Bad news this week for Chinese white dolphins living in Hong Kong waters: a recently released government report has confirmed the species’ numbers remain “critically low” in the Special Administrative Region.
Between April 2017 and March of this year, only 47 Chinese white dolphins were sighted, according to the report, which was released by Hong Kong’s Agriculture, Fisheries and Conservation Department. The number of sightings remained consistent for the second year in a row: there were only 47 sightings of the cetacean between April 2016 and March 2017 off Lantau Island, according to the 2016/17 Marine Mammals Monitoring Report.
For the third consecutive year, no Chinese white dolphins were spotted off the northeast coast of Lantau island. The lack of cetacean sightings in this area seems to reaffirm suspicions that the Hong Kong-Zhuhai-Macau bridge project might be causing the species to leave the area. According to South China Morning Post, the marine mammals have largely vacated the northeast Lantau area since construction work on the bridge began and airport ferry traffic picked up in 2012.
Troublingly, the Cetacean Research Project’s Dr. Samuel Hung Ka-yiu notes that there’ve been “no signs of recovery at all,” despite the fact major construction on the bridge wrapped up last year, according to SCMP.
Back in 2003, the first year records were collected, 188 dolphins were spotted in Hong Kong waters. In the 2014-15 report, that number sank to 87 sightings. Sixty-five were counted in the 2015-16 survey.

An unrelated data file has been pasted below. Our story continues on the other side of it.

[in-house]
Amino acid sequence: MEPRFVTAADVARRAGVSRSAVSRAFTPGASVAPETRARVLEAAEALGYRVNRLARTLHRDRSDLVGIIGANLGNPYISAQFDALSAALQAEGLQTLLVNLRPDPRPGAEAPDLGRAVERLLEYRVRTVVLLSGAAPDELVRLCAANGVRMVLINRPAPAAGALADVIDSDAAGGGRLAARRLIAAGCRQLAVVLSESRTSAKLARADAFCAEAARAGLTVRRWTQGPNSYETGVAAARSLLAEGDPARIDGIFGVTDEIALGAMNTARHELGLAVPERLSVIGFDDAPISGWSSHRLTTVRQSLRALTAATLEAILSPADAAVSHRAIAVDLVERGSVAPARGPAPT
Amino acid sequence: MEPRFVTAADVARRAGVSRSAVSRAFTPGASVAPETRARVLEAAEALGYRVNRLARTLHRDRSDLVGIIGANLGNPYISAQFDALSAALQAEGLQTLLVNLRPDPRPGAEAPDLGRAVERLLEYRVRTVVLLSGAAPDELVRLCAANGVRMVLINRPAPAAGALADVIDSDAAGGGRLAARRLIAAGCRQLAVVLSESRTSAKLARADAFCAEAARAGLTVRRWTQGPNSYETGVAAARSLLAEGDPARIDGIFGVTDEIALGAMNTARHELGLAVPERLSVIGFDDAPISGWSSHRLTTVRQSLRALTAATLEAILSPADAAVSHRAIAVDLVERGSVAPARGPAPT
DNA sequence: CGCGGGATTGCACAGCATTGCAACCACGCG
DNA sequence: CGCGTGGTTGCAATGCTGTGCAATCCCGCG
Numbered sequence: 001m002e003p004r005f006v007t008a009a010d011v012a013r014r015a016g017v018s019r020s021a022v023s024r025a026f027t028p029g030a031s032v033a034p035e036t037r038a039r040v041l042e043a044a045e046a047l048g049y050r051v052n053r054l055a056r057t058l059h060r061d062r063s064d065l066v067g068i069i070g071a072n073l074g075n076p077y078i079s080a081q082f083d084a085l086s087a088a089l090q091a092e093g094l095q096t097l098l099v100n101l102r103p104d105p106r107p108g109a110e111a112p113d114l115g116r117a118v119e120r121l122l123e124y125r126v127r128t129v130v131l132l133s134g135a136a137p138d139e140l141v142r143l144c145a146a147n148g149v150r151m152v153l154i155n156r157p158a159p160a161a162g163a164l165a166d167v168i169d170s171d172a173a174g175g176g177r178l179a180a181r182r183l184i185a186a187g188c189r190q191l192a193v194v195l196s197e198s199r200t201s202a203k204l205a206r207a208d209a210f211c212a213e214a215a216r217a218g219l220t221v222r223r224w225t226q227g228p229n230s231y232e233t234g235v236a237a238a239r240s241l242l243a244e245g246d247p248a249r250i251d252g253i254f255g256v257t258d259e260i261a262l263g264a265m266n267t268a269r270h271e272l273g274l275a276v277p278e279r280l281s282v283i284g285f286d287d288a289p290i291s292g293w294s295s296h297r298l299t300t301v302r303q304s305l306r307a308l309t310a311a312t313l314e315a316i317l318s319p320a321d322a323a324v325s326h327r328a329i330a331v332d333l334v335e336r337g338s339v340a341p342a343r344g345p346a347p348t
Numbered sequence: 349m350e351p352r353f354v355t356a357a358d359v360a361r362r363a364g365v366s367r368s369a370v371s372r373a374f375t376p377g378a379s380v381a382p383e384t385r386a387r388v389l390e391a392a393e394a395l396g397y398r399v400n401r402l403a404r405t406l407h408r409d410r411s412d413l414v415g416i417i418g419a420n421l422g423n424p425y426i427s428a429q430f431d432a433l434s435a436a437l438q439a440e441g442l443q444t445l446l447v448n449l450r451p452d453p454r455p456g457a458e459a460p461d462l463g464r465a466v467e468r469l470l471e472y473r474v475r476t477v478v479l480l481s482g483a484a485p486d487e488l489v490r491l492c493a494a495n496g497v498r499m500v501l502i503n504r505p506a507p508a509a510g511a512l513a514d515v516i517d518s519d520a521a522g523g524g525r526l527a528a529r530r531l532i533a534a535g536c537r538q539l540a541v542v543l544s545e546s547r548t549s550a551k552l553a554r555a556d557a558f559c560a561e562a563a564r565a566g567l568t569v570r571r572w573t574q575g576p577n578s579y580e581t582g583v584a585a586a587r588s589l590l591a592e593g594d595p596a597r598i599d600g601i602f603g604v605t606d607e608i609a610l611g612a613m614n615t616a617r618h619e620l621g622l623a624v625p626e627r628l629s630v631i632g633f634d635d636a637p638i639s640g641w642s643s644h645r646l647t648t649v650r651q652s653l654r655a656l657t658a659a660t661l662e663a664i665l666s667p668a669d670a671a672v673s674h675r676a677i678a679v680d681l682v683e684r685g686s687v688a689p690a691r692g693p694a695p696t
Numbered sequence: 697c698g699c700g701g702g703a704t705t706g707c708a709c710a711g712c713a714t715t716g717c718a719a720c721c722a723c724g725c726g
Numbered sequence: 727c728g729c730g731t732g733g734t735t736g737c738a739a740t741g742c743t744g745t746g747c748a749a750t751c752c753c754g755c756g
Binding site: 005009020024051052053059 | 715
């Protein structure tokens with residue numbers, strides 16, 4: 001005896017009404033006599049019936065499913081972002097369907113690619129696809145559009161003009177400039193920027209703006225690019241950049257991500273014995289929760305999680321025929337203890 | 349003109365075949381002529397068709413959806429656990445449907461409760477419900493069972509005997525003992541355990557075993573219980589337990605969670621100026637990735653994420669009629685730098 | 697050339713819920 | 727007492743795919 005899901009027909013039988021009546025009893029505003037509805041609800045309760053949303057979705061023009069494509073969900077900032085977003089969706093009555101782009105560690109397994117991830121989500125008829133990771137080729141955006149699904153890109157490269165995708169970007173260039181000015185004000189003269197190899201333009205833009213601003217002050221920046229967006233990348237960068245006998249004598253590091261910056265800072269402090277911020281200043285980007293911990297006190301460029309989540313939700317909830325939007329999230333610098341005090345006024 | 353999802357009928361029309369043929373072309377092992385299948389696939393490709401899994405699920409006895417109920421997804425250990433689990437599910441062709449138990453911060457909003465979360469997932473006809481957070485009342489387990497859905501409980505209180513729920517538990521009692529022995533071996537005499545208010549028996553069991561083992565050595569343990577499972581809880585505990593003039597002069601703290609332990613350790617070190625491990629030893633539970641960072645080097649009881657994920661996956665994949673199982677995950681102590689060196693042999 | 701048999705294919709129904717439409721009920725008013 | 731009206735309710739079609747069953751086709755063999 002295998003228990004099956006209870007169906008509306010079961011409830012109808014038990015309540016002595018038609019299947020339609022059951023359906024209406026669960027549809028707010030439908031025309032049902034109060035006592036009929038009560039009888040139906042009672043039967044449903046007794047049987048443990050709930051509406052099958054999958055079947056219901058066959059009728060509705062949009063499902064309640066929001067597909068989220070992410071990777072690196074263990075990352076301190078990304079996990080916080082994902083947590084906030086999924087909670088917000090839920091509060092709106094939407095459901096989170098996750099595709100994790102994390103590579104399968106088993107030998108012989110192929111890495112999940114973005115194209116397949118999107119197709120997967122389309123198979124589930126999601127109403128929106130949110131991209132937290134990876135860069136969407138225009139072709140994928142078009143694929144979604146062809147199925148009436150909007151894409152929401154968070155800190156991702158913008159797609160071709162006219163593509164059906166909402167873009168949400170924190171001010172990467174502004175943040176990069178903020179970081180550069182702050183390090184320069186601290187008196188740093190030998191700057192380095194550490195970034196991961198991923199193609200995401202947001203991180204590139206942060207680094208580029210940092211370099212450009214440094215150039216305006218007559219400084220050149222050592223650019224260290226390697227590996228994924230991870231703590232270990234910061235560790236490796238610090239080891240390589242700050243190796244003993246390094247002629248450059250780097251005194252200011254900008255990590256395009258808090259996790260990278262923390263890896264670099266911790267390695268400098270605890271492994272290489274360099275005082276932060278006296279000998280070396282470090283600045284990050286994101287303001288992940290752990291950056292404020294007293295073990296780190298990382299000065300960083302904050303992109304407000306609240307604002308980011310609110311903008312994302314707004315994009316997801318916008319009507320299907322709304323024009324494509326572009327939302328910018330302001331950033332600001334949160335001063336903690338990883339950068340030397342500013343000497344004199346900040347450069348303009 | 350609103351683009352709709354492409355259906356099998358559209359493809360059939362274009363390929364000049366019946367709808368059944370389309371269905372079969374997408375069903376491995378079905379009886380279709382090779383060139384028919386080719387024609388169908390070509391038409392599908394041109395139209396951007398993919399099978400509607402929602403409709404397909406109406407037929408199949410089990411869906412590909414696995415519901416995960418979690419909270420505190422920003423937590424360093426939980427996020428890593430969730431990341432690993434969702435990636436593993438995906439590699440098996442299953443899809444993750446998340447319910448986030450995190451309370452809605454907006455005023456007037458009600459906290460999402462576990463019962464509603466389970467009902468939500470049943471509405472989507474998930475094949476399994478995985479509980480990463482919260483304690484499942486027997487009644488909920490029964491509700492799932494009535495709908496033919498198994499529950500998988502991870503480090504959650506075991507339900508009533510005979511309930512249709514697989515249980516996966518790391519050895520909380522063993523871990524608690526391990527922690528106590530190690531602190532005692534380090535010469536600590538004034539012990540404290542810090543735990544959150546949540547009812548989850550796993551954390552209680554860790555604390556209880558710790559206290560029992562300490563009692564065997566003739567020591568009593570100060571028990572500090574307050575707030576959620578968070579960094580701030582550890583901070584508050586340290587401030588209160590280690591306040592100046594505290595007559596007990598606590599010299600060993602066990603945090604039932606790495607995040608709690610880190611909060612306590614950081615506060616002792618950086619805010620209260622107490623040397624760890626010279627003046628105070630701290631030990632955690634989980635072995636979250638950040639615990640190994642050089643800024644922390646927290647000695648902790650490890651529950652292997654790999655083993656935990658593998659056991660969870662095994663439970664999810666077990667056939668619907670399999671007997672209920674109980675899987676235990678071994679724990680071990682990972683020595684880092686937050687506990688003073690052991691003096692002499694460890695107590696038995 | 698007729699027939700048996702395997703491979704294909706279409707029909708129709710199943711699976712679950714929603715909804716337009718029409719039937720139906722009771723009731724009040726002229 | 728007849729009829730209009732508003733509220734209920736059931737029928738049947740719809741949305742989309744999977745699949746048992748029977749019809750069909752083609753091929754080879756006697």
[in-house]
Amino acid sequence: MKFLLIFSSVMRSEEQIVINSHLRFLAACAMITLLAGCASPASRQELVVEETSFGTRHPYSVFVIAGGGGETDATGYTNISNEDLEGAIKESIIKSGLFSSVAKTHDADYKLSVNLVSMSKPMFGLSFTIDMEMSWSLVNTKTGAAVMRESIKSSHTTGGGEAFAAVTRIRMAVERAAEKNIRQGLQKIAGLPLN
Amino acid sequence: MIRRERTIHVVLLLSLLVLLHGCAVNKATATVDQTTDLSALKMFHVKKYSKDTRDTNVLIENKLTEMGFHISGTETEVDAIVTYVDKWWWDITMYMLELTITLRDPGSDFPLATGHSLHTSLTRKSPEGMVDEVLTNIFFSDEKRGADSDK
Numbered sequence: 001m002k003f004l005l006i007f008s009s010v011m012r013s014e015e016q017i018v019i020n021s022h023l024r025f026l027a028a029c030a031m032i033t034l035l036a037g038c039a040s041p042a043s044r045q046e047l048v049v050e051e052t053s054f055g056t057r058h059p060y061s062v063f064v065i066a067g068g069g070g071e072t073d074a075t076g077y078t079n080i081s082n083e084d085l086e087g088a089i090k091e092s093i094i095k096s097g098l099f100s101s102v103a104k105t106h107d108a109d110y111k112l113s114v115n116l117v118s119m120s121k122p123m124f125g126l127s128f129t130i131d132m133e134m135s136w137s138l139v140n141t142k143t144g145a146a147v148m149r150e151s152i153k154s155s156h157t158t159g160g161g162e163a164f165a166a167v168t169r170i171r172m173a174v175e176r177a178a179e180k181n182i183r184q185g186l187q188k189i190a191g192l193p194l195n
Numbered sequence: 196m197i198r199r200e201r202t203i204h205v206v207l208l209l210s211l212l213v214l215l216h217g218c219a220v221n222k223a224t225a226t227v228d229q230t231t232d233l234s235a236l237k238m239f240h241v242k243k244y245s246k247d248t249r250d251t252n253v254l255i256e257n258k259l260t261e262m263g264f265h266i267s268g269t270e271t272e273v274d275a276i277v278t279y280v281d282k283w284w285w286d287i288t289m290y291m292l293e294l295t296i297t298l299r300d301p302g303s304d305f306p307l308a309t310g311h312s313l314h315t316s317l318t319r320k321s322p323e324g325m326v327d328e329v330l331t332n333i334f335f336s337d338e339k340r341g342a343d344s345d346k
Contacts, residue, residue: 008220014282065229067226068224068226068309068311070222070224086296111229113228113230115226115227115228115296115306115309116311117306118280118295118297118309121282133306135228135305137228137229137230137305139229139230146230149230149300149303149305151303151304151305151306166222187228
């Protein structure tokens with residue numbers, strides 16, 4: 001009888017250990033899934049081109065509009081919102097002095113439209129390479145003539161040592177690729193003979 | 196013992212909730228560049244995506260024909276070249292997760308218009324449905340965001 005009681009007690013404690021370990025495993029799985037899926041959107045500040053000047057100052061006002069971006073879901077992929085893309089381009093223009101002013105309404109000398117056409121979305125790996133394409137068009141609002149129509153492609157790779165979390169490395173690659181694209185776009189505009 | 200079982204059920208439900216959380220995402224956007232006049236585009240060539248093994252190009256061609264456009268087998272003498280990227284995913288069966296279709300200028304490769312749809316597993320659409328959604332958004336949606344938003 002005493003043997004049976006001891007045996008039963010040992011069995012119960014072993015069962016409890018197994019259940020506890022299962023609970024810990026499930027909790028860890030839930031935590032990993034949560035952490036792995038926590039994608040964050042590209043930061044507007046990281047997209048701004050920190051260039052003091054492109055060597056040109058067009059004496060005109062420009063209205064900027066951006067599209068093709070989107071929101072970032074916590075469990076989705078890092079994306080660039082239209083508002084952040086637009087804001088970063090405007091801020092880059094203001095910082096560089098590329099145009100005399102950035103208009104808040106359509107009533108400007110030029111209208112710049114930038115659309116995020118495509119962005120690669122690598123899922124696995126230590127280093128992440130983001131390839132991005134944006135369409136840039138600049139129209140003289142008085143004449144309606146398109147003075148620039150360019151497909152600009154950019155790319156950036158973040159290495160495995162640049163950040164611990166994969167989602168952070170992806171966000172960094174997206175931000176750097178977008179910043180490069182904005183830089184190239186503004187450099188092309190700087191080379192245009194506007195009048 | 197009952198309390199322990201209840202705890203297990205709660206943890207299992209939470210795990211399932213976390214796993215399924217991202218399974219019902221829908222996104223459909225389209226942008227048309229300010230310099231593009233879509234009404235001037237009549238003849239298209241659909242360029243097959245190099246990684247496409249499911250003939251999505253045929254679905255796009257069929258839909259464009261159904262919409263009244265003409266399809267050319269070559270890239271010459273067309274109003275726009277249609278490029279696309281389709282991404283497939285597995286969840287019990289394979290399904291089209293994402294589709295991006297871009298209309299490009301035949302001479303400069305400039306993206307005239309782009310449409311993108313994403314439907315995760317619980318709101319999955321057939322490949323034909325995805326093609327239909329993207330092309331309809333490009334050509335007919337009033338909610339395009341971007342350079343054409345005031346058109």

A number of measures have been suggested to help protect the Special Administrative Region’s remaining cetaceans, including the joining of two marine parks currently planned for the southern coastal waters of Lantau island and underwater acoustic monitoring of marine construction zones.
Experts, understandably, are not impressed with the report’s findings. Chairman Taison Chang Ka-tai of the Hong Kong Dolphin Conservation Society stated that while the number of dolphin sightings did not drop further in the 2017-18 count, the number remains a “historic low,” according to SCMP. He goes on to note that members of his organization are “not optimistic.”
There is good reason to shun optimism: with an additional runway being added to Hong Kong International Airport and a number of planned reclamation projects on the horizon, it seems unlikely the cetaceans will return to the area.
“In the next 15 to 20 years, with one construction project following after the other, we’re concerned that dolphin numbers in Hong Kong waters in the future could drop even further,” said Chang, according to SCMP, before pondering if ongoing construction will eventually force the creatures to abandon Hong Kong waters altogether for the coast of the Chinese mainland.
[Cover image via Wikimedia]